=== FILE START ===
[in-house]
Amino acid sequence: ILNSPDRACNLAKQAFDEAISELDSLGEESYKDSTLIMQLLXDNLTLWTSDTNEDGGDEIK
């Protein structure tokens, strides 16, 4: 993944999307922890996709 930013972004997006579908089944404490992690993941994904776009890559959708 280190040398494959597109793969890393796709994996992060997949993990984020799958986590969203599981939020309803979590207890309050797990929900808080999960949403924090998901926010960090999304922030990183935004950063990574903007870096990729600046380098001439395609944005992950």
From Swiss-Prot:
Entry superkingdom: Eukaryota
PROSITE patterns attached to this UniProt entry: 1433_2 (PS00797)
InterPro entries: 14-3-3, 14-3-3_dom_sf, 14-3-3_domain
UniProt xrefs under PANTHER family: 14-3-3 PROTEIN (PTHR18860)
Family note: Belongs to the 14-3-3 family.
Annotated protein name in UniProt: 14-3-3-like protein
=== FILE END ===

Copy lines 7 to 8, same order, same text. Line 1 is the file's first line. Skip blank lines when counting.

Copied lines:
InterPro entries: 14-3-3, 14-3-3_dom_sf, 14-3-3_domain
UniProt xrefs under PANTHER family: 14-3-3 PROTEIN (PTHR18860)